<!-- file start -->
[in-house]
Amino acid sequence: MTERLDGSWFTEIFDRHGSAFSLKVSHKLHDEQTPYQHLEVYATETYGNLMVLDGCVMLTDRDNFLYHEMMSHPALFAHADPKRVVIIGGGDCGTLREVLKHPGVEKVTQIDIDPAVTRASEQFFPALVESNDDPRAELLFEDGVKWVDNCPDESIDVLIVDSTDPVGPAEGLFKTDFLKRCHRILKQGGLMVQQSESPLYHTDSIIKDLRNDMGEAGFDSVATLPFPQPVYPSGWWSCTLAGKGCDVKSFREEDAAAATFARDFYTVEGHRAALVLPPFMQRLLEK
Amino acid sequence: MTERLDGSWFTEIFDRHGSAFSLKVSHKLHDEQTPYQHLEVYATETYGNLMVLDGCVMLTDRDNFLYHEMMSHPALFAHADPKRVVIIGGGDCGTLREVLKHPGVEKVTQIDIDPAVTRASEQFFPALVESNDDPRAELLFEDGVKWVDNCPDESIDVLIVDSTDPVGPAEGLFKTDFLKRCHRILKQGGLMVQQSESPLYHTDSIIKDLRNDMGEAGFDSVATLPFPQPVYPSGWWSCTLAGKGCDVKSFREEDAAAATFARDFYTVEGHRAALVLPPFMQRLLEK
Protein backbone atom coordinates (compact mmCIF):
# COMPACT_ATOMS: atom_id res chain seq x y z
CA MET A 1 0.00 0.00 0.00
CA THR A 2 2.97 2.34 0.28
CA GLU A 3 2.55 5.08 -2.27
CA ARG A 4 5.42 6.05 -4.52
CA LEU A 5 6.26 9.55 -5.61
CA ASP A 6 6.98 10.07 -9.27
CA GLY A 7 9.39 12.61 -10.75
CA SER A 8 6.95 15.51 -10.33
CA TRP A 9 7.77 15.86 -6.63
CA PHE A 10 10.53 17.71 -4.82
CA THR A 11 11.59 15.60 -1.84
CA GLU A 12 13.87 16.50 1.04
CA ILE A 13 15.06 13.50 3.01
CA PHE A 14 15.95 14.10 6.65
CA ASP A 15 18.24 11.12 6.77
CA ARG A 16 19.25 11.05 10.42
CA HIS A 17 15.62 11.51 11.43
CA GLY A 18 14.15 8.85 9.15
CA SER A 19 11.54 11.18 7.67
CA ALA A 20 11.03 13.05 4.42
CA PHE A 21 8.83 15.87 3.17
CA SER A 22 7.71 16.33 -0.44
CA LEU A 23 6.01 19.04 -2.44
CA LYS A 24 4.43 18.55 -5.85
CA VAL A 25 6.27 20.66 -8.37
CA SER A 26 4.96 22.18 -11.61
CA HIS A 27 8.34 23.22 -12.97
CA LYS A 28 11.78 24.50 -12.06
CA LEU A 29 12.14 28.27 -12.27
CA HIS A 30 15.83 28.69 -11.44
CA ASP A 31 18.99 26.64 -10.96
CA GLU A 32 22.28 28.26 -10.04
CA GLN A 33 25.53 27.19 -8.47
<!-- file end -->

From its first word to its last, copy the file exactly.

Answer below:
[in-house]
Amino acid sequence: MTERLDGSWFTEIFDRHGSAFSLKVSHKLHDEQTPYQHLEVYATETYGNLMVLDGCVMLTDRDNFLYHEMMSHPALFAHADPKRVVIIGGGDCGTLREVLKHPGVEKVTQIDIDPAVTRASEQFFPALVESNDDPRAELLFEDGVKWVDNCPDESIDVLIVDSTDPVGPAEGLFKTDFLKRCHRILKQGGLMVQQSESPLYHTDSIIKDLRNDMGEAGFDSVATLPFPQPVYPSGWWSCTLAGKGCDVKSFREEDAAAATFARDFYTVEGHRAALVLPPFMQRLLEK
Amino acid sequence: MTERLDGSWFTEIFDRHGSAFSLKVSHKLHDEQTPYQHLEVYATETYGNLMVLDGCVMLTDRDNFLYHEMMSHPALFAHADPKRVVIIGGGDCGTLREVLKHPGVEKVTQIDIDPAVTRASEQFFPALVESNDDPRAELLFEDGVKWVDNCPDESIDVLIVDSTDPVGPAEGLFKTDFLKRCHRILKQGGLMVQQSESPLYHTDSIIKDLRNDMGEAGFDSVATLPFPQPVYPSGWWSCTLAGKGCDVKSFREEDAAAATFARDFYTVEGHRAALVLPPFMQRLLEK
Protein backbone atom coordinates (compact mmCIF):
# COMPACT_ATOMS: atom_id res chain seq x y z
CA MET A 1 0.00 0.00 0.00
CA THR A 2 2.97 2.34 0.28
CA GLU A 3 2.55 5.08 -2.27
CA ARG A 4 5.42 6.05 -4.52
CA LEU A 5 6.26 9.55 -5.61
CA ASP A 6 6.98 10.07 -9.27
CA GLY A 7 9.39 12.61 -10.75
CA SER A 8 6.95 15.51 -10.33
CA TRP A 9 7.77 15.86 -6.63
CA PHE A 10 10.53 17.71 -4.82
CA THR A 11 11.59 15.60 -1.84
CA GLU A 12 13.87 16.50 1.04
CA ILE A 13 15.06 13.50 3.01
CA PHE A 14 15.95 14.10 6.65
CA ASP A 15 18.24 11.12 6.77
CA ARG A 16 19.25 11.05 10.42
CA HIS A 17 15.62 11.51 11.43
CA GLY A 18 14.15 8.85 9.15
CA SER A 19 11.54 11.18 7.67
CA ALA A 20 11.03 13.05 4.42
CA PHE A 21 8.83 15.87 3.17
CA SER A 22 7.71 16.33 -0.44
CA LEU A 23 6.01 19.04 -2.44
CA LYS A 24 4.43 18.55 -5.85
CA VAL A 25 6.27 20.66 -8.37
CA SER A 26 4.96 22.18 -11.61
CA HIS A 27 8.34 23.22 -12.97
CA LYS A 28 11.78 24.50 -12.06
CA LEU A 29 12.14 28.27 -12.27
CA HIS A 30 15.83 28.69 -11.44
CA ASP A 31 18.99 26.64 -10.96
CA GLU A 32 22.28 28.26 -10.04
CA GLN A 33 25.53 27.19 -8.47